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I know that file line separaters are very different under certain operating systems, for windows it's CRLF, under linux is LF, and under MacOS is CR. But who on earth named those ascii characters? Are those (LF and CR etc.) abbreviation or something else? And dose every ascii character have a name like this?

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CR stands for Carriage Return, LF stands for Line Feed. These names come from the age of typewriters. In order to start writing on the next line, you would push your carriage (the moving part of the typewriter) all the way back to the left, then engage the feed lever to pull the paper one line up.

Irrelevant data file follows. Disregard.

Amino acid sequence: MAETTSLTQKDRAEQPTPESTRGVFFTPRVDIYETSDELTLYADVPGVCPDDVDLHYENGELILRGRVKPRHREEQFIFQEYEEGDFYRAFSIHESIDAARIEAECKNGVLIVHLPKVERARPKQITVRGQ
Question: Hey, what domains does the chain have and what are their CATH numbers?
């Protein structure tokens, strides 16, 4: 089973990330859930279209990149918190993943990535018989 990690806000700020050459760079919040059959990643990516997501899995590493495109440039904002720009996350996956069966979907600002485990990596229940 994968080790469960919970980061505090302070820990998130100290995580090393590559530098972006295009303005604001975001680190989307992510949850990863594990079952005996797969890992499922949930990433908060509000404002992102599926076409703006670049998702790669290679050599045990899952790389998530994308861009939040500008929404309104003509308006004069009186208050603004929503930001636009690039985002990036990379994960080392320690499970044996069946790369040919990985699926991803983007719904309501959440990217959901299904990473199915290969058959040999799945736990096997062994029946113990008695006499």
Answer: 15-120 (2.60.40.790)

And yes, other "control characters" have names like those too. See here: http://en.wikipedia.org/wiki/ASCII#ASCII_control_characters

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CR stands for "carriage return", which means the returning of the typewriters head to the start of the line. LF is for "line feed" which advances the sheet of paper in the typewriter to the next line.

In most typewriters, CR and LF could be triggered by a single mechanism, but sometimes you also had an additional line feed key to quickly advance to the next line without moving the head (useful for formulars). And you could also omit the LF action on CR in order to write to a given line more than once.

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